3 Ways African American Professionals Can Identify Sexual Harassment in the Workplace - Black Enterprise

3 Ways African American Professionals Can Identify Sexual Harassment in the Workplace

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Over the last several weeks, news has consistently broke about big names in the entertainment industry who were found in violation of their company’s sexual misconduct policies. First, it was Hollywood producer Harvey Weinstein, who had several allegations filed against him by multiple accusers for sexual misconduct. Most recently, the world was shocked to learn of NBC firing Today show anchor, Matt Lauer, after a complaint about inappropriate sexual behavior.

While this is clearly a hot topic because it involves celebrity names, the issue of sexual misconduct in the workplace is nothing new and everyday people deal with it more often than one would imagine.



(Image: iStock/nano)


According to the federal Equal Employment Opportunity Commission (EEOC), during fiscal year 2016 a total of 6,758 charges alleging sexual harassment were filed.

Additionally, 420 of the alleged charges were found to have reasonable cause and a total of $40.7 million in monetary benefits were paid to victims. Therefore, whether you’re working with celebrities or not, you need to understand what sexual misconduct is so that you can spot it immediately and put a stop to it!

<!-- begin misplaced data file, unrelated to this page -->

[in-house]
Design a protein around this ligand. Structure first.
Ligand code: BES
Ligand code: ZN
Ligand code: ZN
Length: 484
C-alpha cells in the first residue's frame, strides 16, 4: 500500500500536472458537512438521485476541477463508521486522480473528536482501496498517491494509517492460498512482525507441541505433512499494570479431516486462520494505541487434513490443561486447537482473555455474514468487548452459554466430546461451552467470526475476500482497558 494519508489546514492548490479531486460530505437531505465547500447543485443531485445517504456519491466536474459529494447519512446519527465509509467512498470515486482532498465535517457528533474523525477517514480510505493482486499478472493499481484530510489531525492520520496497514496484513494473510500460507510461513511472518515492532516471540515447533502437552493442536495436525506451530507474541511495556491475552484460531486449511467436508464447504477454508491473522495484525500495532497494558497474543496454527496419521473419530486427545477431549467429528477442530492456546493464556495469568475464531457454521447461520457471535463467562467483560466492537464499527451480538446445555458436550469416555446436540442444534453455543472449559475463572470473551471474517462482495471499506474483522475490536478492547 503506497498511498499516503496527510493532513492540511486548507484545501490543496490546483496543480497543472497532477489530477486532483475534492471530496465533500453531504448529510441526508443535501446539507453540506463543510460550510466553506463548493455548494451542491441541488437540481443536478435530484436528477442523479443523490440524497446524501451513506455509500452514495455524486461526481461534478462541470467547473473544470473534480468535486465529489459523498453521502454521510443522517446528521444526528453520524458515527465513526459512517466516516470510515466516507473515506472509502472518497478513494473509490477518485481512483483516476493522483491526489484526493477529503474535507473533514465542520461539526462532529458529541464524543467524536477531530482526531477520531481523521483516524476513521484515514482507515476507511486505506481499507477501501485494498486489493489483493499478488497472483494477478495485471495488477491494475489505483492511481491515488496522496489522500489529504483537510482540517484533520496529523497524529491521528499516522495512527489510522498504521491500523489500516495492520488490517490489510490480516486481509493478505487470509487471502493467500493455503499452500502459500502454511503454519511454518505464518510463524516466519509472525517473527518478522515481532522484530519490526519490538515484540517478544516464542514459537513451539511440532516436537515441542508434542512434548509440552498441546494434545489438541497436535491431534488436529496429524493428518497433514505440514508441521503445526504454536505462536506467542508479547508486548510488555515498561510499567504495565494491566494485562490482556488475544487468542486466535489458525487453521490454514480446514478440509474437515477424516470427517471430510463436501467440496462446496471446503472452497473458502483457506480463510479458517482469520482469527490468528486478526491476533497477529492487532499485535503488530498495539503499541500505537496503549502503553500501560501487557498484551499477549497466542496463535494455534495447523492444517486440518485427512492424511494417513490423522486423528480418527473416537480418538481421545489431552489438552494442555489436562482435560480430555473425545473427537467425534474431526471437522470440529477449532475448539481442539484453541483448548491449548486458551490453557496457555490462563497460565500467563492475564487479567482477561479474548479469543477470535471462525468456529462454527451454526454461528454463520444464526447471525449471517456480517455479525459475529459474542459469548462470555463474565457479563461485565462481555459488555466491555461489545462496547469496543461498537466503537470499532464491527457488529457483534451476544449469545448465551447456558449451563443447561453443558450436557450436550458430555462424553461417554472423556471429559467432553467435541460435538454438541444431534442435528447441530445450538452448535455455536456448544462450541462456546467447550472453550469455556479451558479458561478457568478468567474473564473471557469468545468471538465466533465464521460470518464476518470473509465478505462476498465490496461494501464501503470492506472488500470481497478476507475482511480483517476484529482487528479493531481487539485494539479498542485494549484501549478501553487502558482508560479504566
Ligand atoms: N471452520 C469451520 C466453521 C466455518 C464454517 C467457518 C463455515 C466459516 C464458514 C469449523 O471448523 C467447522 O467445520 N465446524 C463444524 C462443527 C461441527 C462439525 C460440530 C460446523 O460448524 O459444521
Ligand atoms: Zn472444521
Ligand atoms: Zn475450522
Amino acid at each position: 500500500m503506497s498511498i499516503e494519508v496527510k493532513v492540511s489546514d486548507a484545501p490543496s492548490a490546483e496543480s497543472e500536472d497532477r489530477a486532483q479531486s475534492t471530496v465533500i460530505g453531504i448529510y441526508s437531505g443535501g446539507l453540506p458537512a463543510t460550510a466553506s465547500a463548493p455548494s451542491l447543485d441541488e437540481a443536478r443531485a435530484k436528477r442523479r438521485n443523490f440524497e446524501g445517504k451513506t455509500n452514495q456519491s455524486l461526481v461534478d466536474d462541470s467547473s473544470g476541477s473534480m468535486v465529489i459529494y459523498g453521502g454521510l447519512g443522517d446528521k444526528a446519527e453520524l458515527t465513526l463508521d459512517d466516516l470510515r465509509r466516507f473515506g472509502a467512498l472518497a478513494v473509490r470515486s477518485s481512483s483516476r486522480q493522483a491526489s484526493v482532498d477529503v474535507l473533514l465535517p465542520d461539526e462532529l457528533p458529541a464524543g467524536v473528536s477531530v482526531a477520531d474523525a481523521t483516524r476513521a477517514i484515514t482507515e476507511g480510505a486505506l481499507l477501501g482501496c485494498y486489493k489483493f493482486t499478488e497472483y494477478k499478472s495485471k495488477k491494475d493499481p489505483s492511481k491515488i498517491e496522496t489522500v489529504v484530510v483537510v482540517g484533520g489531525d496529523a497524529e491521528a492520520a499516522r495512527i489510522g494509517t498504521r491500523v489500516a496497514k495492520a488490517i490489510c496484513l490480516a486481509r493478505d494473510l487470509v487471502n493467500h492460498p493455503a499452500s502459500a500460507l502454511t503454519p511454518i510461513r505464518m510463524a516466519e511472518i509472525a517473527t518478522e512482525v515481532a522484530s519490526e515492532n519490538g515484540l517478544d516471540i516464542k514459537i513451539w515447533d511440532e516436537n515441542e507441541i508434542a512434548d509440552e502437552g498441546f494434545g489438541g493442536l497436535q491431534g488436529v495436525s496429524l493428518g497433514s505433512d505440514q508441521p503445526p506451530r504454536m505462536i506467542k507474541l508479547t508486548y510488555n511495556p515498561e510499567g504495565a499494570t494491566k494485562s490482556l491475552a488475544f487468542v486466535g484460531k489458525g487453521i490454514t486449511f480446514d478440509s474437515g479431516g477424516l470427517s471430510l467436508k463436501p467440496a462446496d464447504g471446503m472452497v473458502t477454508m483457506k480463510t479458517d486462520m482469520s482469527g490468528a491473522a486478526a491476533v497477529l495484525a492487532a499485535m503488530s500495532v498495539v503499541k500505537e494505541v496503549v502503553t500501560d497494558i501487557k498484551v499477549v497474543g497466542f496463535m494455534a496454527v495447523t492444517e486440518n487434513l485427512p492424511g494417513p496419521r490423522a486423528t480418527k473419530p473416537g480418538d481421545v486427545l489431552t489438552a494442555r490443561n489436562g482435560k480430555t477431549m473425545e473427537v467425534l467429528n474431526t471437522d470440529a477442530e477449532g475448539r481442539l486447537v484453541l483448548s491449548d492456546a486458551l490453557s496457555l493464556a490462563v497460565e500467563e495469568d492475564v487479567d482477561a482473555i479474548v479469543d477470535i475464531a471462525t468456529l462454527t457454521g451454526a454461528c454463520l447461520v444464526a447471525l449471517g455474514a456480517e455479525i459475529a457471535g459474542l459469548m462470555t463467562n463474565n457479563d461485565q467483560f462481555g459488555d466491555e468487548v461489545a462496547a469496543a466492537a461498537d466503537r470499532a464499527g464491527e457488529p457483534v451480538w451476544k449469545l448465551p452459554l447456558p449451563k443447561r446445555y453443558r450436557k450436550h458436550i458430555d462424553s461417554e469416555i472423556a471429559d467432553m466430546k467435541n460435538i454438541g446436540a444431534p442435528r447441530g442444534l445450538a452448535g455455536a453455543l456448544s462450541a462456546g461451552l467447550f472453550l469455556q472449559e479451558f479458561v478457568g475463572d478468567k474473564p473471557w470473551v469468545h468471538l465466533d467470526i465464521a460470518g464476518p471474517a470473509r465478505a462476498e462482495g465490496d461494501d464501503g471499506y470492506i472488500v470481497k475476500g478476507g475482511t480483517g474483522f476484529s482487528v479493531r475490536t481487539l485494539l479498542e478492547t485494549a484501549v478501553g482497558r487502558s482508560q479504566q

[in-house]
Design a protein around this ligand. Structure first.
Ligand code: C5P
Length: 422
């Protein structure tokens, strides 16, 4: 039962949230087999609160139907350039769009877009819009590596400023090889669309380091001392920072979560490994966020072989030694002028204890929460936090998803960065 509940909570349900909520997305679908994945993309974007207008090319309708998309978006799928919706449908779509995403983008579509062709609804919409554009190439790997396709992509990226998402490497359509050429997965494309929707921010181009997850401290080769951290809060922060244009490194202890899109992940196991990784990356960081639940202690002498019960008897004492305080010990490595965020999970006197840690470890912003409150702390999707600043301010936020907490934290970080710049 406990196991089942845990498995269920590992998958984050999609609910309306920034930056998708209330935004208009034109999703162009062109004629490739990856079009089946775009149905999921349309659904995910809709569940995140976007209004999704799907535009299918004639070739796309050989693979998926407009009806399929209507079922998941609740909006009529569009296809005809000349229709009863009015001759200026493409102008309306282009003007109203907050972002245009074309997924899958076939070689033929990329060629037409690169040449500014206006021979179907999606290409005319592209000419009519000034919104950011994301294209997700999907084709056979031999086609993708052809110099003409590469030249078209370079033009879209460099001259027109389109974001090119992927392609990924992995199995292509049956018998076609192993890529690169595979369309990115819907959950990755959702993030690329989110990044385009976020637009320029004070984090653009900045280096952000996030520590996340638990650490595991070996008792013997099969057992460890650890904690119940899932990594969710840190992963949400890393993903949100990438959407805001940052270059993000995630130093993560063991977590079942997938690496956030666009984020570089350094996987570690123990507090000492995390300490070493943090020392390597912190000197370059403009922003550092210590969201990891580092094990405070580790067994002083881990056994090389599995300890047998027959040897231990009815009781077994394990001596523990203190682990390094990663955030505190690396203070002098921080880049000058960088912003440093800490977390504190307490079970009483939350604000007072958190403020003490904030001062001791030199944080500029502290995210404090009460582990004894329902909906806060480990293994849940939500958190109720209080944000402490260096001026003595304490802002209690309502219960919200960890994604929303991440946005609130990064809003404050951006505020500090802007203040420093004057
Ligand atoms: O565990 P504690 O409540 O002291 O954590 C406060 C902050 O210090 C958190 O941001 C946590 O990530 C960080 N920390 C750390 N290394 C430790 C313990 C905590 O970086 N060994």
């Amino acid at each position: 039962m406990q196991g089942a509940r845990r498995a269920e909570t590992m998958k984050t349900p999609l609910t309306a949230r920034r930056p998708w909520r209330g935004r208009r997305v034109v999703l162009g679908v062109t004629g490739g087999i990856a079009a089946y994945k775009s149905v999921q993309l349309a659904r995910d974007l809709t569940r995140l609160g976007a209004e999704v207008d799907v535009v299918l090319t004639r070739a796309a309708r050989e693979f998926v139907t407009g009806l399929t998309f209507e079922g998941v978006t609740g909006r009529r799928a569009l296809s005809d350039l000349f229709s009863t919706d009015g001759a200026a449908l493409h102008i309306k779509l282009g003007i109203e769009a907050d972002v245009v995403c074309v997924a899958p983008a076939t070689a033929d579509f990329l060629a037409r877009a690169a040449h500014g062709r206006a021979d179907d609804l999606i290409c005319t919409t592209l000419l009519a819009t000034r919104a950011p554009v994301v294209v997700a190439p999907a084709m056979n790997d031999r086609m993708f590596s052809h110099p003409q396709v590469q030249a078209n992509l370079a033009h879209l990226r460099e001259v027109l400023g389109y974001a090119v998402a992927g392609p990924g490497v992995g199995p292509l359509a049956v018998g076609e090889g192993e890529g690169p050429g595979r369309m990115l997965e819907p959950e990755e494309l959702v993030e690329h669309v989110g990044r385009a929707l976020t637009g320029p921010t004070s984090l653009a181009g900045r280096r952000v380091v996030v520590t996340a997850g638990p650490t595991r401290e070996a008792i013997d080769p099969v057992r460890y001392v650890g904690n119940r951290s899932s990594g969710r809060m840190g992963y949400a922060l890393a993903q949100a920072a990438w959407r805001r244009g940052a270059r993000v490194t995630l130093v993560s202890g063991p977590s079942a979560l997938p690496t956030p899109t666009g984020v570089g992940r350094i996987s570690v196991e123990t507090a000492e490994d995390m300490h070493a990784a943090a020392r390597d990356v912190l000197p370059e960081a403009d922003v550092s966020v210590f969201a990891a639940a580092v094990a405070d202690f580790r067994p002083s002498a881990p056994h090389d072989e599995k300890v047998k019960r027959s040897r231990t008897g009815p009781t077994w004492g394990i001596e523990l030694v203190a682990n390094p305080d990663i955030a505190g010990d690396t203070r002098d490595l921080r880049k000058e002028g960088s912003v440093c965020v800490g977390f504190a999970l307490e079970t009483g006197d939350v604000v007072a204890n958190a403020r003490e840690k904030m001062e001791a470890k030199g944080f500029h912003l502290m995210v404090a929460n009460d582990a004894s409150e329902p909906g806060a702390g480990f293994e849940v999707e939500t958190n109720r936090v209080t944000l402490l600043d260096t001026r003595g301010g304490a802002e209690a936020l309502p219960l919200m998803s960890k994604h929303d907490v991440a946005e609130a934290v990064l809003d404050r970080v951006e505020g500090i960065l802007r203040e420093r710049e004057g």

Here are three essential tips to help you identify sexual misconduct in the workplace:

1. Know what sexual harassment looks like. According to the Equal Employment Opportunity Commission, sexual harassment is described as unwelcome sexual advances, requests for sexual favors, and other verbal or non-verbal conduct of a sexual nature that result in sexual misconduct when it explicitly or implicitly affects an individual’s employment, interferes with their work performance, or creates an intimidating, hostile, or offensive work environment.

2. Familiarize yourself with your company’s sexual misconduct policy and procedures for filing a formal complaint.

3. Attend sexual misconduct prevention training so that you can learn all that you can about the topic and prevent matters from escalating if presented.